Cite JOURNAL ARTICLE
Do Subsidized Adult Apprenticeships Increase the Vocational Attendance Rate?
Applied Economics Quarterly, Vol. 55 (2009), Iss. 1 : pp. 61–81
3 Citations (CrossRef)
1Cecilie Dohlmann Weatherall, SFI-The National Centre for Social Research, Copenhagen, Denmark.
Investing in inclusive growth: A systematic review of the role of financial incentives to promote lifelong learningVanderkooy, Anna | Regier, Eduardo | Lilly, Meredith B.
Educational Research Review, Vol. 27 (2019), Iss. P.176https://doi.org/10.1016/j.edurev.2019.03.004 [Citations: 0]
Return on investment of apprenticeship systems for enterprises: Evidence from cost-benefit analysesMuehlemann, Samuel | Wolter, Stefan C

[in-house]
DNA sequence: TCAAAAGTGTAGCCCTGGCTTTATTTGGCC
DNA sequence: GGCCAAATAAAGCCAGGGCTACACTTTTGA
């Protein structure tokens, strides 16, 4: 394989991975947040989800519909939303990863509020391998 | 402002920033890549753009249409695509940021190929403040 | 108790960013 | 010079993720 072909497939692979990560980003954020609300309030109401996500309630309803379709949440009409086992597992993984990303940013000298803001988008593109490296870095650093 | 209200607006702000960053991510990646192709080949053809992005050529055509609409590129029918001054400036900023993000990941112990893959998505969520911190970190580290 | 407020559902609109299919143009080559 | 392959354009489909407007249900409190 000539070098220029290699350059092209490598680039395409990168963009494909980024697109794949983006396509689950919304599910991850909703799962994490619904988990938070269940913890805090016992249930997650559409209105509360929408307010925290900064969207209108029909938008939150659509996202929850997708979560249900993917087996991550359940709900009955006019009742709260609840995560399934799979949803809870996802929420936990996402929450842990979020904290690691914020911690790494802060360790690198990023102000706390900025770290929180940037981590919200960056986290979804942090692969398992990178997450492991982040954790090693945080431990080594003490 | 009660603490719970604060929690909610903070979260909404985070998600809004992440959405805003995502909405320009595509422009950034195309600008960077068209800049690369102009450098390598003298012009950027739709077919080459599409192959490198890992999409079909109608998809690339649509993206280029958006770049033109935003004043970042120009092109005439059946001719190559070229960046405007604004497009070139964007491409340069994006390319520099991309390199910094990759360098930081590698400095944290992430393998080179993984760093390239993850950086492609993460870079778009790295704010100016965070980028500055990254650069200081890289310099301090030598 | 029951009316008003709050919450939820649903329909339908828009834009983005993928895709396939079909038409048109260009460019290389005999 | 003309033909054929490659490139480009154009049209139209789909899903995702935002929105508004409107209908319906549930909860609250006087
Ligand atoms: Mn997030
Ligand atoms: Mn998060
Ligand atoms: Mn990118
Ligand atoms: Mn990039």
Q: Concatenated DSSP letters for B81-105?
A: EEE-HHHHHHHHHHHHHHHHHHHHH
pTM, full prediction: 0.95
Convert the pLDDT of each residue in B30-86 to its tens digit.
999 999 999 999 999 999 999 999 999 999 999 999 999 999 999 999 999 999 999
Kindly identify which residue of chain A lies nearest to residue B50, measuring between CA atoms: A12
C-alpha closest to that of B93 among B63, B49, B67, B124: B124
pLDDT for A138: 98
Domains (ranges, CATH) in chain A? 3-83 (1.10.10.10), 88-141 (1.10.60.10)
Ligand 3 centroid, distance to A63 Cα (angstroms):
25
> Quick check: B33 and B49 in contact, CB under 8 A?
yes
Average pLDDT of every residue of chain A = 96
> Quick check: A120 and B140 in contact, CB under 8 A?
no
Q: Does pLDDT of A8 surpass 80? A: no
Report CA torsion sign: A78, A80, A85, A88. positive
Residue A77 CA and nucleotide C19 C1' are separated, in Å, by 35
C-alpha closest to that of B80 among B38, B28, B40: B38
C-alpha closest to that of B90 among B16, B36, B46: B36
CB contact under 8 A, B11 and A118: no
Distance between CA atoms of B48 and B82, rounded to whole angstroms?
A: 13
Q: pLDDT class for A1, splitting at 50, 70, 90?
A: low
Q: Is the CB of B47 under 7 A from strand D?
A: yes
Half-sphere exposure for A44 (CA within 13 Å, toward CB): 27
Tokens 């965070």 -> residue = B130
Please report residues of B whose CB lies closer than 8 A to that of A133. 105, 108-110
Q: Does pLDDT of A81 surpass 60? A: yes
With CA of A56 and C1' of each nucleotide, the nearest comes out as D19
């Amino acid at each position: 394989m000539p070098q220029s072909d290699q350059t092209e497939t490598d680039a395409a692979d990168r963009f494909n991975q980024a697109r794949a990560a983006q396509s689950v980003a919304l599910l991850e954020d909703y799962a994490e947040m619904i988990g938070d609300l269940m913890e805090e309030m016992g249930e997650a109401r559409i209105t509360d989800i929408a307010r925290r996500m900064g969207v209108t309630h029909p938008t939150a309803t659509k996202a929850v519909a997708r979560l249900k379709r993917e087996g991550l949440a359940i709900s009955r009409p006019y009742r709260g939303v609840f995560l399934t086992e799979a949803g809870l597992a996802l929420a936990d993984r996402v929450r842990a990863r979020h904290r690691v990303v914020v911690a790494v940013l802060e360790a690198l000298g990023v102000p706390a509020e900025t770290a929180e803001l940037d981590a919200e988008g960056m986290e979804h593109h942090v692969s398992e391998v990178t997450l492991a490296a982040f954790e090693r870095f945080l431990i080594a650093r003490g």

IZA Journal of Labor Policy, Vol. 3 (2014), Iss. 1https://doi.org/10.1186/2193-9004-3-25 [Citations: 28]
ApprenticeshipWolter, Stefan C. | Ryan, Paul
2011https://doi.org/10.1016/B978-0-444-53429-3.00011-9 [Citations: 76]
In 1997, to deal with the challenges of globalization and the increased demand for skills, Denmark introduced a very generous apprenticeship subsidy for adults of 25 years and above. The aim of the adult apprenticeship subsidy (AAS) was to increase vocational skills among people with low schooling, in order to fill job vacancies. This paper evaluates the effect of the AAS, which increases an apprentice's income by more than 30 percent on average, on the vocational education attendance rate. Both rich panel data and the exogenous shift in the AAS in 1997 make possible the empirical examination of the effect of the subsidy on people with low schooling with the use of the difference-in-differences (DiD) estimator. The results show that the AAS had a significant positive effect on the vocational attendance rate among low-schooled 25-year-old men in its first full year of operation but no significant effect thereafter.
JEL Classification: C14, I22, J28